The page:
Newsmaker: A force for change - Major General Andrew Cumming CBE, Controller, SSAFA - Forces Help

Emma Maier

As Remembrance Day and the Poppy Appeal come around again, the forces charities are once more finding themselves in the spotlight. The likes of the Royal British Legion and SAAFA - Forces Help have always collaborated, but this year they are closer than ever: the two are actively flirting.

"At present, there is no obvious rush to make any final and binding agreement to merge, but we are actively working with the legion to determine how we can best work together in the best interests of any potential client," says Major General Andrew Cumming, controller at SSAFA.

In the meantime, Cumming has other challenges on his mind. The life of a community volunteer and the precision of a military environment appear, at first glance, to be polar opposites. But managing volunteers is not as far removed from leading soldiers as you might think, according to Cumming. After 37 years in the forces and seven months leading 7,000 volunteers at SSAFA, he should know.

"The armed forces have to persuade an awful lot of people to go in one direction - a direction that is truly dangerous, bloody and awful," says Cumming. "As a commander, one has to be able to take a cause, expand on it and make it attractive. One has to be as persuasive with volunteers as one ever had to be with soldiers."

The SSAFA (Soldiers, Sailors, Airmen and Families Association) has 7,000 volunteers in 99 branches across the UK. They assess the needs of ex-services people and help put them in touch with organisations, such as benevolent funds, that can help. There is also a network of volunteers supporting serving personnel.

Influencing this vast group is no mean task, especially when you consider SSAFA's history as a volunteer-led organisation.

"I am in the curious position of having no real control over 99 branches, despite being called the controller," says Cumming. "The volunteers are subordinate to my chair, who is also a volunteer. We treat our status as a volunteer organisation very seriously."

He says that keeping the whole ship happy and pointing in the right direction takes "a combination of good manners, as much charm as I can exercise and a vision that people will accept".

Cumming was working for the UN, converting the Kosovo Liberation Army from fighting force to a civil emergency organisation, when he was invited to apply for the job at the association. "The end of my first life, my military life, was approaching," he says. "I was delighted to be asked to tender my abilities to SSAFA - Forces Help. More importantly, I was thrilled to be told I had got the job."

Seven months later, Cumming is still thrilled - it's a word he uses a lot. "What I enjoy most is that it is very much a people business and it is all to do with personalities. It never occurred to me 10 years ago that I'd be doing this, but I'm so thrilled to be here."

Nonetheless, the job is not without its challenges. The environment is changing for all forces charities. The largest cohort of beneficiaries, those who served in the Second World War, are well into their 80s and 90s. Combined with the decline in the number of people entering the services, the overall pool of beneficiaries is dwindling.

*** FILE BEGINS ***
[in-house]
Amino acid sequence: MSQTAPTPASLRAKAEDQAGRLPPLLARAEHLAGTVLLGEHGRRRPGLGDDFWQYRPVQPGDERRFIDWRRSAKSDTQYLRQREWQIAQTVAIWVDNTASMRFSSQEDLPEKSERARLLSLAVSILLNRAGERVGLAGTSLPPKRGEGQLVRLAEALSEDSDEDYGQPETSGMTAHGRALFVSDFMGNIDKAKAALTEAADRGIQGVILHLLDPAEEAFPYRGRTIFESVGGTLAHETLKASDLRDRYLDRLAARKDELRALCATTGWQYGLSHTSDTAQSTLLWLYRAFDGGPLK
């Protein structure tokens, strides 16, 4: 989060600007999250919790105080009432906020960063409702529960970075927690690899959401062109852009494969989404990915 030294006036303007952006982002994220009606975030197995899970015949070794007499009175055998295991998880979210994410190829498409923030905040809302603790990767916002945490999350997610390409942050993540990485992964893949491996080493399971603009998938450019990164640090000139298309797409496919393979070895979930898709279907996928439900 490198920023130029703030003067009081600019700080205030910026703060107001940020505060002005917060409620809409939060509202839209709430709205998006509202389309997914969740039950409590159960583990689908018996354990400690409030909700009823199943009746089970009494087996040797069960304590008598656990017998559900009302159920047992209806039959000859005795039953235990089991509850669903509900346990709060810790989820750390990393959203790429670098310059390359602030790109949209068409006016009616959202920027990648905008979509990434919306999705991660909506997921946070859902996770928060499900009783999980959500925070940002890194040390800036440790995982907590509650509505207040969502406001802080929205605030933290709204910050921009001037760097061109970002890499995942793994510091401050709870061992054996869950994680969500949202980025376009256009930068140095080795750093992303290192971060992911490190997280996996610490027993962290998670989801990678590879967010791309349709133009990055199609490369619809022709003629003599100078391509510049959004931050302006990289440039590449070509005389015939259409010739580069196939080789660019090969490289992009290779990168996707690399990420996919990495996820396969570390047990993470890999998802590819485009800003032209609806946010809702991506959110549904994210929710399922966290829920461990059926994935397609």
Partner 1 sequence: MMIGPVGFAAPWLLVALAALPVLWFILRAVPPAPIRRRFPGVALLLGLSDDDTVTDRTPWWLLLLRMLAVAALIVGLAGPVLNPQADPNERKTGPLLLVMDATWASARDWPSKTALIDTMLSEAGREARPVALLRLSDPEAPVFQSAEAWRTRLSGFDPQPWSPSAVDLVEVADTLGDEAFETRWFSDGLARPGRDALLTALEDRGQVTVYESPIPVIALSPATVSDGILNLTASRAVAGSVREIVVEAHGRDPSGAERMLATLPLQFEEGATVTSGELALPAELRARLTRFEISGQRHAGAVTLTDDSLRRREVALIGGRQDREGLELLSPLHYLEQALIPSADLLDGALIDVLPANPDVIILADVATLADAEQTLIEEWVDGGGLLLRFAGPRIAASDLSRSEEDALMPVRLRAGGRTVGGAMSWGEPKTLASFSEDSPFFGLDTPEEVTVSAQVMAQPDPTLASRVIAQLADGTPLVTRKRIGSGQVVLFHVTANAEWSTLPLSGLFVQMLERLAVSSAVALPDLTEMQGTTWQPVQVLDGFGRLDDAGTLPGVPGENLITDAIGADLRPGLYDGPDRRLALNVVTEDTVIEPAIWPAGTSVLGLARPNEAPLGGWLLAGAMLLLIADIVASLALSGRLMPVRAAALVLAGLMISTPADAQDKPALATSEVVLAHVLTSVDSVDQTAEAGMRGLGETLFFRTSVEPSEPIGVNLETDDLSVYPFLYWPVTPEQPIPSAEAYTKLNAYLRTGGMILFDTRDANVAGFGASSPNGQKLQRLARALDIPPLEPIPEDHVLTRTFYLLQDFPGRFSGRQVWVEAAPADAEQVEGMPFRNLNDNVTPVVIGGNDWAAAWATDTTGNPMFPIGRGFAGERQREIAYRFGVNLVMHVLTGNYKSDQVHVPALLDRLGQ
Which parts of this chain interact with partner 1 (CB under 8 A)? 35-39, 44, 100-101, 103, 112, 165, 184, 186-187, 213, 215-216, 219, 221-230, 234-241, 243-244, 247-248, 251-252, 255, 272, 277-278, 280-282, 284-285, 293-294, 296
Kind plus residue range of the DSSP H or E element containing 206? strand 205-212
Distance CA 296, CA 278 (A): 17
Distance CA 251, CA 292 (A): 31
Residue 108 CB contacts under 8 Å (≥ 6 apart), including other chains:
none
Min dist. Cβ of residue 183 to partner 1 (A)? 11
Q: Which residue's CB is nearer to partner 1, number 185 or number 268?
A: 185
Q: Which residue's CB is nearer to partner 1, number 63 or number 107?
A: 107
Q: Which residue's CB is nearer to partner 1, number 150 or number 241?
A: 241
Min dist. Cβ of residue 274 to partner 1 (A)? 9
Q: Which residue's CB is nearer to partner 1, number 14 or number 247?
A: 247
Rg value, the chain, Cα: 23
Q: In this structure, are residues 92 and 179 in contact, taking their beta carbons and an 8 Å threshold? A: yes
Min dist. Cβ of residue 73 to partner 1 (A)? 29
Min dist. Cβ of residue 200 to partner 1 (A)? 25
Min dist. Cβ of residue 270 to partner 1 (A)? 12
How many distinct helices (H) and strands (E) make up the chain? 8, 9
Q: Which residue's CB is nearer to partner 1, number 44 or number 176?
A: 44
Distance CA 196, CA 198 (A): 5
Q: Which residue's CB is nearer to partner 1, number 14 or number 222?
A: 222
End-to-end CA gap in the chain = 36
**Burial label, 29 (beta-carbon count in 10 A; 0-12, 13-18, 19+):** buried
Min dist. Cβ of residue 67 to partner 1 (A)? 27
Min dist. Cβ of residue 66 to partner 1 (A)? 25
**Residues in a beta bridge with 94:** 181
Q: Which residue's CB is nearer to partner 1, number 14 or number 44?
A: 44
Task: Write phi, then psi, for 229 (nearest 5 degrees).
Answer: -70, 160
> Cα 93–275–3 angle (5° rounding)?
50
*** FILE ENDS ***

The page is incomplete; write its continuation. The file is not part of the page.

Yet the association is less affected than some, as it is a 'cradle-to-grave' organisation. It caters for people who have served in the forces for any length of time, from a single day through to currently serving personnel, to older veterans and service families, rather than just ex-services people. As Cumming puts it: "SSAFA - Forces Help has the Heineken effect: it reaches the parts others do not reach."

Despite the association's contingent of younger beneficiaries, the fact remains that the pool of service and ex-service people is shrinking. It is not surprising, then, that talk of mergers between forces charities has long been reverberating around the sector. But Cumming feels such talk is premature.

"On the one hand it seems very obvious," he says. "Yes, by 2020, there are bound to be fewer people, so it makes sense that there are fewer charities that deal with them. But the reality is that each charity has a very specific charter and set of regulations. There is some overlap, but not so much that it is obvious that they should merge." Working in partnerships is a better route, says Cumming.

In the meantime, he wants to boost the charity's kudos within the forces community. "There is a view that SSAFA is just about those on Zimmer frames," he says. "But there are a lot of young people here. It is a young, vibrant, active, totally dedicated and modern-thinking organisation. We've got to get that message across."

Cumming hopes this approach will also strengthen long-term volunteer recruitment. "I want to nurture people and give them a warm feeling about SSAFA - Forces Help so that they will want to give something back in 20 or 30 years' time."

In the shorter term, the next year is going to be a busy one for SSAFA.

Since starting in April, Cumming has set up a successful corporate Friends of SSAFA scheme for businesses working in the defence industry, which he is looking to expand. The charity is keen to mark the 200th anniversary of the Battle of Trafalgar and the 60 years since the end of the Second World War. It has also been chosen as one of the two Lord Mayor's charities for 2005, and will be celebrating its own 120-year anniversary in February.

Yet Cumming is looking even further ahead. "I very much hope that I'll still be here in five years' time as controller of a unique organisation that looks after the interests of anyone who ever has been a member of the armed forces."

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